This marksman challenge is something I’m calling the “Make Effective Choices” challenge. Like the pistol shooting drills that inspired it, you must balance speed against precision and decision making. Let’s dig in.
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This is a rant, and I’m going to take heat for it. Gun people are some serious fanboys at times. I’m focusing my rant here on Glock because they’re low hanging fruit. Well, that and their well-known tagline: “Perfection.”
Most training courses offered to civilians focus on quickly and accurately running a carbine.
This course is all about small unit tactics, and it’s amazing.
Next to barrels, AR-15 trigger selection is the most contentious issue for enthusiasts. It’s actually frustrating, because so much of it is personal preference, yet everyone will tell you unequivocally that you should get whatever model they like.
As a quick follow up to the article on zeroing your iron sights, I wanted to share this video. It’s a USMC Primary Marksmanship Instructor teaching about zeroing the M16A2 rifle.
Iron sights are not magical talisman that turn you into a rifleman. They are a tool for executing marksmanship, not part of the “fundamentals.” Don’t get wrapped up.
You wouldn’t build a house without a foundation, right? Fitness works the same way. A lot of people, including me, have attempted to pursue some goal without building the proper base fitness level. Every time I’ve tried it, I’ve usually gotten injured or been unable to complete the program.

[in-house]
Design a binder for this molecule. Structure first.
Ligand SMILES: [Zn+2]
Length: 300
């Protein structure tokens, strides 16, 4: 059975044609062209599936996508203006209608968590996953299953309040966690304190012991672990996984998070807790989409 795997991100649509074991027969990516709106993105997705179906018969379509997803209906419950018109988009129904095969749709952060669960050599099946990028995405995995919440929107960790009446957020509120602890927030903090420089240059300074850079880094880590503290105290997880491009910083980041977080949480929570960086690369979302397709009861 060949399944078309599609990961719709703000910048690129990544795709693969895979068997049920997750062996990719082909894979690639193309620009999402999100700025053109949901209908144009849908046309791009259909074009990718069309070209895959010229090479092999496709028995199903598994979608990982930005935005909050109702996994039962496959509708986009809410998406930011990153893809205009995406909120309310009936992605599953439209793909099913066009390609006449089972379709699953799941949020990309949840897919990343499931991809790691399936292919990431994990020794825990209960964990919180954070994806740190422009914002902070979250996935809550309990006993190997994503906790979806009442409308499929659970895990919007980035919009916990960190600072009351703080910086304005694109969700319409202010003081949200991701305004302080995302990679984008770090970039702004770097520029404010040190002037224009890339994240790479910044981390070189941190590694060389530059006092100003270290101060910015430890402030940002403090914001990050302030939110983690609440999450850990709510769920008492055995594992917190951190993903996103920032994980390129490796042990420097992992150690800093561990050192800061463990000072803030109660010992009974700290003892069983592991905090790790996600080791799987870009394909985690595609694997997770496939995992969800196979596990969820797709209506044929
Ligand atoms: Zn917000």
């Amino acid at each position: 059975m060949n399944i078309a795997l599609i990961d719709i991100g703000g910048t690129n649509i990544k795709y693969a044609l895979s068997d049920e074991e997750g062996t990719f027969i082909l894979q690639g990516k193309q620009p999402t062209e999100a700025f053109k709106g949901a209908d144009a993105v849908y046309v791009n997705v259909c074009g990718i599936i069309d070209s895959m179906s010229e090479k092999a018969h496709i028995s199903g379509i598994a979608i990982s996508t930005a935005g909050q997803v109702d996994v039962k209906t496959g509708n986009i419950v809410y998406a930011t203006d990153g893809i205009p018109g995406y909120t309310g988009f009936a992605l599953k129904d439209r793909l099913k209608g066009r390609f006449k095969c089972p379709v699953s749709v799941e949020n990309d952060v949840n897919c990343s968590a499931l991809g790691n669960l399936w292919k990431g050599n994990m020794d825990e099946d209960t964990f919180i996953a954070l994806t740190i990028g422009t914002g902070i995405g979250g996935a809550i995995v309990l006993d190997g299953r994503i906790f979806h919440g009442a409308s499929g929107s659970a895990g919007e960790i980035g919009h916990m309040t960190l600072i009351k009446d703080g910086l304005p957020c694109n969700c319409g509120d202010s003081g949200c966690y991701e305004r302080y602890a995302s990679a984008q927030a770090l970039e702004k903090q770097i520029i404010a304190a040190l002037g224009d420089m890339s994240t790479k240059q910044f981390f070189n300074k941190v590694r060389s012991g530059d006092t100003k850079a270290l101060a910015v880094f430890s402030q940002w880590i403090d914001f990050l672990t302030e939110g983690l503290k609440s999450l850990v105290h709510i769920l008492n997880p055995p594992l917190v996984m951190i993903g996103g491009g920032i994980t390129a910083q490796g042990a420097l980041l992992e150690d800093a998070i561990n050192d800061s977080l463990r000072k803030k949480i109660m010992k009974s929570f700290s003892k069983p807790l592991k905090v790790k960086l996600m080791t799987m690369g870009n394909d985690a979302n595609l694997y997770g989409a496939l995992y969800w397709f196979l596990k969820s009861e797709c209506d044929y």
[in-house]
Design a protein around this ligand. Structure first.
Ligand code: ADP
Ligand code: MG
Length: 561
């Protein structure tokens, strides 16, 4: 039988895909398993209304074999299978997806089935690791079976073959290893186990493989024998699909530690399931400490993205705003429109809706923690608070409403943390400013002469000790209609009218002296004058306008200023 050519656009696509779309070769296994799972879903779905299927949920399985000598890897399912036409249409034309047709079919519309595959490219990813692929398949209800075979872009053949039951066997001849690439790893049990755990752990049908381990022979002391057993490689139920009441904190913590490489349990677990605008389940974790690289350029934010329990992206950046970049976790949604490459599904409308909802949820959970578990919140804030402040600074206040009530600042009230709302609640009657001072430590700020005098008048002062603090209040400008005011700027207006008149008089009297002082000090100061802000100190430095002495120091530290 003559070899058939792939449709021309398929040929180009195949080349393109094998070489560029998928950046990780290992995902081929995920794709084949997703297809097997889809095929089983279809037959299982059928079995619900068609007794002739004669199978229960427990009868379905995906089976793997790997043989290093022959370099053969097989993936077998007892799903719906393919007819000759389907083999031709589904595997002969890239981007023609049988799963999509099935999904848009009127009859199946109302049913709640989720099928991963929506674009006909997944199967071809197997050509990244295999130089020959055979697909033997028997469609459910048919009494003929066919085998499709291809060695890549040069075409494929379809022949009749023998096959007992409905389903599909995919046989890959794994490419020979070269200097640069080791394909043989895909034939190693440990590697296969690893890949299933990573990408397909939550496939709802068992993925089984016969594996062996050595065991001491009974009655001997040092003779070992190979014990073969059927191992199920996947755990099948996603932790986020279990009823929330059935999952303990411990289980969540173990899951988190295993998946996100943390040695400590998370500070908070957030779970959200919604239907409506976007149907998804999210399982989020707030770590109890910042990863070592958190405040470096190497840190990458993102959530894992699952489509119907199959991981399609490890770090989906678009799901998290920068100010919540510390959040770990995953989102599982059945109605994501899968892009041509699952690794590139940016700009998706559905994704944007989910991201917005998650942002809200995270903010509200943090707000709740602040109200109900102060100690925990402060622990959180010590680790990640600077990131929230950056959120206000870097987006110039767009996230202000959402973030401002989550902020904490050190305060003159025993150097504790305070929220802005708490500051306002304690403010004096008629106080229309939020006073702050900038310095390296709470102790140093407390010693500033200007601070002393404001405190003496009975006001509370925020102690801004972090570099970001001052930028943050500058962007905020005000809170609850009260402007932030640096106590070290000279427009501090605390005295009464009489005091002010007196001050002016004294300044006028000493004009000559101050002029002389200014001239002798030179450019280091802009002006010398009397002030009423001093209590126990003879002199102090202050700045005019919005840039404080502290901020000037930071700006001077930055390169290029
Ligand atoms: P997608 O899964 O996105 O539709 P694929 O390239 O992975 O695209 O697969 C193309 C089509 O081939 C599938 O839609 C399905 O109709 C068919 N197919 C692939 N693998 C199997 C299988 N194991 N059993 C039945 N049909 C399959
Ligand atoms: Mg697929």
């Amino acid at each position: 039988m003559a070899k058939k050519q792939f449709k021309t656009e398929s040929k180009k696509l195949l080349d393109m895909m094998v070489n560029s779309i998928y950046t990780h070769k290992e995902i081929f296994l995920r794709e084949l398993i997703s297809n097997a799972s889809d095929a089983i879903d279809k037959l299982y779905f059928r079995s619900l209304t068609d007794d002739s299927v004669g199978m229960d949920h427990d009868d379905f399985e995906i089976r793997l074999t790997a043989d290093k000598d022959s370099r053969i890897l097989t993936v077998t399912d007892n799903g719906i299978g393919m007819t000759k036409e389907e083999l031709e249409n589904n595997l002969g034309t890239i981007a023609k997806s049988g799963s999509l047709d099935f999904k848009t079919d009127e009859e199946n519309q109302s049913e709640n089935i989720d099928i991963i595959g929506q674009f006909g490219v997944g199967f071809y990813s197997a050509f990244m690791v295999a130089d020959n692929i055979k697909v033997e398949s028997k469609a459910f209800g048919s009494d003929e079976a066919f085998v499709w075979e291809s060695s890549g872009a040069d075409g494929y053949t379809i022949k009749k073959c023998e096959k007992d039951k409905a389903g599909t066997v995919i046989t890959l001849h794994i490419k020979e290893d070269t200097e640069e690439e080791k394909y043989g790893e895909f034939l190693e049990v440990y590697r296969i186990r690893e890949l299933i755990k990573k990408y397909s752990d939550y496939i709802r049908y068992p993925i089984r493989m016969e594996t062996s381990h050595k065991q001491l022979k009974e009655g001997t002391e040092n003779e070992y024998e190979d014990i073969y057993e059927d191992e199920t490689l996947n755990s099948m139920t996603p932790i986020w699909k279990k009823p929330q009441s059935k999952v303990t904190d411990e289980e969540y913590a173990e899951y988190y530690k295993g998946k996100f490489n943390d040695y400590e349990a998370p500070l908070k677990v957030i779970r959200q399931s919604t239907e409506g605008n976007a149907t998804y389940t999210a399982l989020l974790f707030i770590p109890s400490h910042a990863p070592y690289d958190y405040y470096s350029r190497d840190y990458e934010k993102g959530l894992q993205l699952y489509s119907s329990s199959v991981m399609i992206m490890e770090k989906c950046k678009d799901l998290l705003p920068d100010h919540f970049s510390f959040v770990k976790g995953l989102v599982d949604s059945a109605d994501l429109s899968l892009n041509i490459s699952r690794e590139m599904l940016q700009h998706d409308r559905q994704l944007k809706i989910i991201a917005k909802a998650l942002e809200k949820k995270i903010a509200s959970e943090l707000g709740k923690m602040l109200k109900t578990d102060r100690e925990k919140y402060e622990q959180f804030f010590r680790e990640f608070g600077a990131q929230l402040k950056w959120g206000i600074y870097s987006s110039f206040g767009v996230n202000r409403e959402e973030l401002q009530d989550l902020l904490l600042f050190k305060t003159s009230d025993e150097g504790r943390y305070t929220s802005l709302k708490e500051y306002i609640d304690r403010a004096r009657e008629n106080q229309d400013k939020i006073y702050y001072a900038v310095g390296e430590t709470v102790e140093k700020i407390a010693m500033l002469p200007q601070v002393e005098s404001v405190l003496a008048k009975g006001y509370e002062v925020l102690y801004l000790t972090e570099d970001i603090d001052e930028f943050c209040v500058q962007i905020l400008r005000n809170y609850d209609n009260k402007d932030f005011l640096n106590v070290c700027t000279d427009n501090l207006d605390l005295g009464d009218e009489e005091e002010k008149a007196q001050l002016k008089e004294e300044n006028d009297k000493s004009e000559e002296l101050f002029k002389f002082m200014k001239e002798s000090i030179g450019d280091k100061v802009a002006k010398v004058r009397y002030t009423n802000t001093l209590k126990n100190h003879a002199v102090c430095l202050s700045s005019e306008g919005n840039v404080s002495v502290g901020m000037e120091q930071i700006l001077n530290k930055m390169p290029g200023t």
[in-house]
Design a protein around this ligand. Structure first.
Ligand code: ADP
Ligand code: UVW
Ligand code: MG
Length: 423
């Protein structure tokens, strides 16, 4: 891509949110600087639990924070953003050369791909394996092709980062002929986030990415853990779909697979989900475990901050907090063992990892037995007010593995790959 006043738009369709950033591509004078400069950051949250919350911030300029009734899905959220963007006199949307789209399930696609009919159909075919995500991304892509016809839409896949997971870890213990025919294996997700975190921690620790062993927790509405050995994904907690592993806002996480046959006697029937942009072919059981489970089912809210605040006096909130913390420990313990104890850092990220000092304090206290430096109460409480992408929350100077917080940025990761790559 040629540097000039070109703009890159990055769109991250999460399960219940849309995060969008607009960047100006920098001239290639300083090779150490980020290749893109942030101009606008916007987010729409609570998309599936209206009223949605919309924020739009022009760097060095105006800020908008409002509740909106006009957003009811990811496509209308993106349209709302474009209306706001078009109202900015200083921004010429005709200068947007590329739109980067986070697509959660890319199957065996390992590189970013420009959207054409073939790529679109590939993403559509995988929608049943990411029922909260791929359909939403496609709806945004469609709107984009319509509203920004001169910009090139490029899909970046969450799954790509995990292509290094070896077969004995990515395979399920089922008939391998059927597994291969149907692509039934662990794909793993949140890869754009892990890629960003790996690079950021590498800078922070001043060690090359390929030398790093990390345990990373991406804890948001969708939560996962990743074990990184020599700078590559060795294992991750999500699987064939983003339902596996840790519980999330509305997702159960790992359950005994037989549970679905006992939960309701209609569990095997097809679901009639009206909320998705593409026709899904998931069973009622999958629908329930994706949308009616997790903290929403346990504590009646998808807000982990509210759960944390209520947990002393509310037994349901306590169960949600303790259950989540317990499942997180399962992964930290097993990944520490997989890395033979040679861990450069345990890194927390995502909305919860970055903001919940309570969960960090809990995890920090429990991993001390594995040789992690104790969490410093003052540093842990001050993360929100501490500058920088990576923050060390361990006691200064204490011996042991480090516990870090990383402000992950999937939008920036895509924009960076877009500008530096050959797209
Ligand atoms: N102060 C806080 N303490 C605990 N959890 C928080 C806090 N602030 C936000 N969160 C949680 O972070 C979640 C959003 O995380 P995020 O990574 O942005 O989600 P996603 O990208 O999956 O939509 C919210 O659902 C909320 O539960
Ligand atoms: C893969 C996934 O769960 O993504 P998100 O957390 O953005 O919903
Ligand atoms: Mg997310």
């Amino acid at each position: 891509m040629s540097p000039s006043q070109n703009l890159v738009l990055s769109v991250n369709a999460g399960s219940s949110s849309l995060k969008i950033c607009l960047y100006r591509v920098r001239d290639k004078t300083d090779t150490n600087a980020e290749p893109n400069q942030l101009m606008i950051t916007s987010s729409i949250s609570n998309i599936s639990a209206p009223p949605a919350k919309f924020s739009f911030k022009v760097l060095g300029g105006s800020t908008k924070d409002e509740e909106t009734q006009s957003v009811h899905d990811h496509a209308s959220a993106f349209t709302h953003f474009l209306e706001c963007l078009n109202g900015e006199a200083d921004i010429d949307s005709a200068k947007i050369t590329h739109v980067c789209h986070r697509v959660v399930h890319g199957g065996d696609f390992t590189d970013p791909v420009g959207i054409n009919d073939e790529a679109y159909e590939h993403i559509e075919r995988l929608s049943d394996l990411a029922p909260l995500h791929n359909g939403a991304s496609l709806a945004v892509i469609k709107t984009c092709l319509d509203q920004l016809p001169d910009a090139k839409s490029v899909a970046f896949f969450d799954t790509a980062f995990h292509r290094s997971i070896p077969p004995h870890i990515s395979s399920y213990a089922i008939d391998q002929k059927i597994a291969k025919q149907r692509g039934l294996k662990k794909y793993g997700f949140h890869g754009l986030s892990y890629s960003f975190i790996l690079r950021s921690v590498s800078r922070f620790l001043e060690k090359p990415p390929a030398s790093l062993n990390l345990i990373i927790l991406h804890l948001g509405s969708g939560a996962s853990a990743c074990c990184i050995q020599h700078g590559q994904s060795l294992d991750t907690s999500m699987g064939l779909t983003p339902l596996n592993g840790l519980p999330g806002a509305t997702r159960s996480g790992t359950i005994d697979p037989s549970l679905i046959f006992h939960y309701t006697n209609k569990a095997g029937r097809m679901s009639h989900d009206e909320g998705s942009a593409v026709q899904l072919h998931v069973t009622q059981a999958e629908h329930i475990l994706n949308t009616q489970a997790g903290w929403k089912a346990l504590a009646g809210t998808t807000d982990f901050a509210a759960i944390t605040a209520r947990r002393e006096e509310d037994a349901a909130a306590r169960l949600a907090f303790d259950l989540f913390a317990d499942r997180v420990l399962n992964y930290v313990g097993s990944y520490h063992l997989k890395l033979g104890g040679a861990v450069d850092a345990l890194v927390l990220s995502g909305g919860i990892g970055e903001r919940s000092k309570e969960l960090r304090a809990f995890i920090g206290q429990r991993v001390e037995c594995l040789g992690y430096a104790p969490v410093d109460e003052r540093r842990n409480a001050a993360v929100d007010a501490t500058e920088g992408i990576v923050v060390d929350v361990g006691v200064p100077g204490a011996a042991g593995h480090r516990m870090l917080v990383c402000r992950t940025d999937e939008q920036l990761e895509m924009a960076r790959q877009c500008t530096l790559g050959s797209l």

Physical fitness and shooting go hand in hand. There are too many people in our community who only focus on the shooting and gear components while completely ignoring their own health. This is my soap box.
Life is about growth and the only way to do that is take on risk and put yourself in uncomfortable situations. There’s always something else …
Many view the notorious “chicken wing” as a defining trait of a newbie. Tactical instructors, and the enthusiasts who follow them, will all claim it’s a surefire way to get your arm shot off in a fight. So why is it still so prominent?
The standing position is simultaneously the most common and least useful of the standard rifle positions. The thing is, outside of competition, if you need to use it then you need to use it right now!
TC 3-22.9 is the US Army manual on rifle and carbine marksmanship. Every shooter should be familiar with it and what it contains. Revised in 2016 using experiences from Iraq and Afghanistan, 3-22.9 is a fantastic starting point.
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